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Filtering by Tag: O Mio Babbino Caro

O Mio Casteel Caro

Screen Shot 2015-02-09 at 5.06.47 PM About once a month I hold a Studio Class for my student singers. Some are preparing songs for auditions and performance. Some are working to get over stage fright in front of a small, supportive audience. Some just come to enjoy a casual, informal afternoon of music. We sing for an hour and everyone offers comments and suggestions on how to improve. We have a break for tea and cookies (and delicious desserts by moms), and then we sing some more. It's fun and lighthearted, but also productive. We make a lot of music and everyone leaves happy. My parents visited last weekend to cheer on my son in his high school play, so I scheduled a Studio Class just for their visit.

Three Casteels, cheering on  a young thespian son/grandson

I was thrilled to show off several of my talented students. My parents were delighted to see and hear them and, just like they did for me as a young singer, they made constructive comments and did a lot of cheerleading. At the end of the class, my dad (always my favorite accompanist) and I decided to join in the fun.  This aria is about a dad and a daughter, so it's a natural for us, and we've performed it countless times. Click here, or on the photo if you'd like to watch us perform! The video cuts off right after the end of the song, so you can't see the wonderful long hug my dad gave me right after . . just like always. I'm so glad my students got to see that too. We made a lot of music and everyone left happy. Want to come to a Studio Class? 

"If you forget the words, just look over your Dad's shoulder."

Eden's On The Air: "Conducting Conversations" With Mike Maino of WCRI

Don't touch that dial! Eden with Mike Maino of "Conducting Conversations", WCRI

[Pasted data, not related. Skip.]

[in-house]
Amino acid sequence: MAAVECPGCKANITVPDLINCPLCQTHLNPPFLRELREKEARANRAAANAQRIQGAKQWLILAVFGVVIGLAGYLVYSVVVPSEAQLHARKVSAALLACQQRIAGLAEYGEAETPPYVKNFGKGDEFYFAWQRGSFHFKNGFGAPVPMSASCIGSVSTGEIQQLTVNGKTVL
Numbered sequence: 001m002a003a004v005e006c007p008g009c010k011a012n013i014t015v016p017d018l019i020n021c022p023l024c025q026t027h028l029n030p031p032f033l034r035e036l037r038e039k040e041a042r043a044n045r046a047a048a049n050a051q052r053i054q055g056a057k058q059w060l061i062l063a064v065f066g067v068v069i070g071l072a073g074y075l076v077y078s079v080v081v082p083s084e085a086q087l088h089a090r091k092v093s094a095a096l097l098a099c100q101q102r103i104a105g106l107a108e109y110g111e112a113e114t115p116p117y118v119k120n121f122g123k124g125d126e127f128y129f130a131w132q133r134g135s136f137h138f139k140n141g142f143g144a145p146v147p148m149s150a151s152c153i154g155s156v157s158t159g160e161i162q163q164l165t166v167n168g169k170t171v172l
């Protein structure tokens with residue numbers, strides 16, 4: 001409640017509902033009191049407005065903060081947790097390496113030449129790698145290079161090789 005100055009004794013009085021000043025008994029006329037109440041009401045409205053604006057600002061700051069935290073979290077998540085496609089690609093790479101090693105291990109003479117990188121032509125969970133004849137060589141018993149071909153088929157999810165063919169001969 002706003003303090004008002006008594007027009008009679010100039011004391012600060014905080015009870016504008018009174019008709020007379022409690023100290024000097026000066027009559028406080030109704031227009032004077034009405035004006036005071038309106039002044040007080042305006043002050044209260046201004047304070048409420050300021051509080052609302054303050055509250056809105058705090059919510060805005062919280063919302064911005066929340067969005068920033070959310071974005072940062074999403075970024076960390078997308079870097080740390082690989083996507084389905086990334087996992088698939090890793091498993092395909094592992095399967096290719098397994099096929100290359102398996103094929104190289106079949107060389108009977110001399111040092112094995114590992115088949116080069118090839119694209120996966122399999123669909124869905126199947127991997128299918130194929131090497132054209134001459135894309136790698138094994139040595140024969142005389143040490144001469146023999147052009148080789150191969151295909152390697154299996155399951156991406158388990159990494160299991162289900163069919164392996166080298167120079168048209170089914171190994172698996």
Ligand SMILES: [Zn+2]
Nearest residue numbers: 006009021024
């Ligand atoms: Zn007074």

Conducting Conversations has been a beloved radio show for years. Host Mike Maino has talked to Broadway stars, genius conductors, world-class instrumentalists and  . . . me. I'm the first voice teacher to be on Conducting Conversations! The program airs on WCRI 95.9 FM in the Rhode Island area on Sunday, October 12 from 7 to 8pm. It's available on podcast afterwards at www.classical959.com.

UPDATE: CLICK TO LISTEN!

Mike was a genial, generous host. I brought a mixed bag of music to share and he enjoyed the variety -- he asked if he could keep the CD I burned for the show, so he could listen to all the tracks again! I started with my own performance from last April, to prove my bona fides. We talked about how I accidentally discovered that I was a coloratura, and then we played some Beverly Sills and Natalie Dessay, who are far more bona fide than I.

When Mike and I talked about teaching voice lessons to children, I presented two contrasting versions of O Mio Babbino Caro, one by Maria Callas and one by Jackie Evancho. Many of my younger students imitate Jackie, who is imitating Charlotte Church, who was imitating Kiri Te Kanawa. No one imitates Callas. (Is such a thing possible?)

Mike and I talked about opera stars singing pop, and pop style in opera. As a voice teacher, I have to help singers figure out what is appropriate and healthy for them vocally and stylistically, and what's better left unsung. I brought two examples for fun: Placido Domingo singing the Beatles and "Catch Our Act At The Met," a great show tune by Comden and Green. Note that Comden and Green do not actually try to sing opera, and that's why the song works. I almost brought Freddie Mercury and Montserrat Caballe . . .oh well, next time!

Thanks Mike, for a great hour of conversation and shop talk! I love helping singers find their real voices. Singers can stretch themselves to stylistic limits and imitate other singers as they try to find their own sound, but every singer sounds wonderful when they are true to themselves.

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The "Babbino" Bunch

The small and lovely Salt Marsh Opera will present Puccini's comic one-act opera Gianni Schicchi on May 16 at the Pequot Museum in Mashantucket, CT. You should go see it! The gorgeous aria "O Mio Babbino Caro" was written for this work, which premiered in 1918. You can buy the aria at G. Schirmer. You don't even have to show ID.

You've heard that song, right? Such a beautiful, simple yet elegant melody. Lush, emotional strings support the singer throughout. It's easy to dress it up with a few tasteful portamenti, and a fermata here and there. It's been used in commercials and in the opening credits of the movie of E.M. Forster's A Room With A View. My favorite version is by Kiri Te Kanawa. Her voice is rich and round, just perfect for this aria. Feel free to disagree, my eight blog readers. But I'm right. Anna Netrebko's pretty great, too. Kathleen Battle's voice is smaller (like mine) and her mouth does weird stuff (a source of much discussion among voice teachers), but it's a heartfelt, artistic statement.